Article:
There’s no shortage of half-hearted greetings and superficial slogans about Christmas. I don’t know how many people have wished me “happy holidays” or have hoped I have a “blessed and merry Christmas.” All this is good and appropriate. But are we in real danger of reducing Christmas to superficial sound bites.
The meaning of Christmas can be summed up in one incredibly brief statement: “The Word became flesh and made His dwelling among us.” If this was our greeting instead of “happy holidays,” perhaps the season celebrations would have more depth to them. I am convinced that our understanding of Christianity stands or falls on what we believe about the statement, “The Word became flesh.” I would ask you a very serious question this Christmas season: Do you really believe the Word—God—became flesh?
I understand why people don’t believe it. Think of it: God—the Word—became a person and lived among us persons. It does seem to be a logically incompatible statement. If He’s God, He’s God; if He’s man, He’s man. But He certainly can’t be both at once. However, this logic assumes that we know everything there is to know about both God and human beings. And, if we don’t know everything about them, how can we possibly conclude that God becoming a person is impossible?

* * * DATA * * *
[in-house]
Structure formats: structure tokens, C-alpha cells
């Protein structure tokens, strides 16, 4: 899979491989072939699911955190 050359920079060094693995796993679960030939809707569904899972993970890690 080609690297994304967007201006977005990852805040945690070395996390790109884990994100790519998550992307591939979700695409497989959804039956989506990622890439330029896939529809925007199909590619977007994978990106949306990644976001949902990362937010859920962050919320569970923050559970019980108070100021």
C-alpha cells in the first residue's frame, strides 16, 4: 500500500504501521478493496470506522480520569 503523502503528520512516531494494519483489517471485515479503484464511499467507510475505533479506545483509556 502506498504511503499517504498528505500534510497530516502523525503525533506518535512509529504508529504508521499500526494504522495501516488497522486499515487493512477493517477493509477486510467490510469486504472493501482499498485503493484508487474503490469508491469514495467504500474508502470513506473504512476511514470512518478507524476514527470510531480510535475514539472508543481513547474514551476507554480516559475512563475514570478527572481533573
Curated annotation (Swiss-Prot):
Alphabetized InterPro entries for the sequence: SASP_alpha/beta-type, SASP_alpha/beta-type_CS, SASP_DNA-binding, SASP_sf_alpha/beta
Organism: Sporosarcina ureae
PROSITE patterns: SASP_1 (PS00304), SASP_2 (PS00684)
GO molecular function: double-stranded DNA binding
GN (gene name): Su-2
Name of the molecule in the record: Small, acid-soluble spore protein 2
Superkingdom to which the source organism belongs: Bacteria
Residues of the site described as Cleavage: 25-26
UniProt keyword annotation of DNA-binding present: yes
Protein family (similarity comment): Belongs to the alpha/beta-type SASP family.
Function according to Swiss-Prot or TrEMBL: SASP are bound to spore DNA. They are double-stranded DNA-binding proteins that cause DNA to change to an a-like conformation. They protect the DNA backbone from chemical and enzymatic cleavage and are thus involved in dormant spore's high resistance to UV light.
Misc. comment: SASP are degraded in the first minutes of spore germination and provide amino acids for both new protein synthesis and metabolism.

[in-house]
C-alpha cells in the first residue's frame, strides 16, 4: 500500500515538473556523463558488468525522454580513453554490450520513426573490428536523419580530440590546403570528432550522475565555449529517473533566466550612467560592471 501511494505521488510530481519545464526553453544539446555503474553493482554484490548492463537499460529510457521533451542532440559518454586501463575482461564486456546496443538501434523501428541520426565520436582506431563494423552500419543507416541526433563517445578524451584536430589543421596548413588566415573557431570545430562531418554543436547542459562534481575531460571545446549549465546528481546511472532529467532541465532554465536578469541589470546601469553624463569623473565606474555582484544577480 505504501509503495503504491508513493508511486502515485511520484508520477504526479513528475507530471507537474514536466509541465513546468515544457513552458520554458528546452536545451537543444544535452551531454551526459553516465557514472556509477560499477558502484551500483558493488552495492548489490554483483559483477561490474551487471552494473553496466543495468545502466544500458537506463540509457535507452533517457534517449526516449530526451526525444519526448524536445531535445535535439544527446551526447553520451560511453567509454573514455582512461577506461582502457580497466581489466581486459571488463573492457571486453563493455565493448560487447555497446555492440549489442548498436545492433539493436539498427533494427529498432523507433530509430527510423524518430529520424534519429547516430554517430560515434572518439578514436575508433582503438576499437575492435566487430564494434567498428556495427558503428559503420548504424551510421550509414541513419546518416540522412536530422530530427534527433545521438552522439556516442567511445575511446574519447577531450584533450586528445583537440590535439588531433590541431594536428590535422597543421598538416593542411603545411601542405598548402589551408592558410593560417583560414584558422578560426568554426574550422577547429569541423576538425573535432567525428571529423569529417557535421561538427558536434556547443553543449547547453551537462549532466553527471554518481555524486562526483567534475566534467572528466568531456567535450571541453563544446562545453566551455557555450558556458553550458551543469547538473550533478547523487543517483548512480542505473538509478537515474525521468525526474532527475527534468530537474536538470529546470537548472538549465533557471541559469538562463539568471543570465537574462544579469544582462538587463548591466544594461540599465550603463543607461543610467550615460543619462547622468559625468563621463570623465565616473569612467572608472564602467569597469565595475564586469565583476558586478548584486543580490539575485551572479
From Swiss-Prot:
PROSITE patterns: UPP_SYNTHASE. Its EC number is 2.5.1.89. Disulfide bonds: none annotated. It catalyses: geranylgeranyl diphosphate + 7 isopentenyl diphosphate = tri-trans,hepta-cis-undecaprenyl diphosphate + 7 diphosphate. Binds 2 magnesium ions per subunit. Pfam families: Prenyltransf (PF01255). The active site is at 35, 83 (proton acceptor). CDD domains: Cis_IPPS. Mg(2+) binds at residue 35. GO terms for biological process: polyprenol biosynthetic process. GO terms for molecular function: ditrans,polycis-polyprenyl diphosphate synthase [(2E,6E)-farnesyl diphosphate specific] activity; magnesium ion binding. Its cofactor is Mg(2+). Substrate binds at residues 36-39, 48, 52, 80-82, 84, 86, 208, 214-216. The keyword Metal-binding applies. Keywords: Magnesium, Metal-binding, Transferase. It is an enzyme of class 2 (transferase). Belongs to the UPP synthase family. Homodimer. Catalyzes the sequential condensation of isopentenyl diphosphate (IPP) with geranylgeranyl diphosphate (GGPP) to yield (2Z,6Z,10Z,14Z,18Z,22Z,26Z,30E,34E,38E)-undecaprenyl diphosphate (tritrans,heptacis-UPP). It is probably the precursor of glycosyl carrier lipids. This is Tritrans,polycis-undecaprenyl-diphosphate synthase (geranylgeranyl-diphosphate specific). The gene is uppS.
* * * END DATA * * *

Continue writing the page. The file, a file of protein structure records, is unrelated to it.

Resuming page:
Today many people who don’t believe that the Word became flesh still celebrate Christmas. All of us want the festivities and the good feelings of the season. The light that comes from God through Christ shines on all people. But that does not mean that all people automatically live in the good of it. The sun shines on everybody, but some choose not to believe.
However, this fundamental truth requires more from us. If God has become a person, this presents a problem. Scripture says that in Christ we have seen the God of the universe. He has already been here. It’s one thing to think of an adorable baby surrounded by gentle beasts, but are we ready to deal with the reality of God living among us, revealing Himself to us?
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May the joy of the Lord live in your hearts today and always! Merry Christmas and a new and blessed New Year!
“I don’t know how, but I know WHO!”
Remember the reason for the season, Pastor Nelda
Disclaimer : The Advent Devotions are a compilation of Devotions written by pastors from all over the world.
Reverend Dr. Nelda Barrett Murraine is Pastor at First United Methodist Kennedale 229 W 4th St. Kennedale, TX 76060
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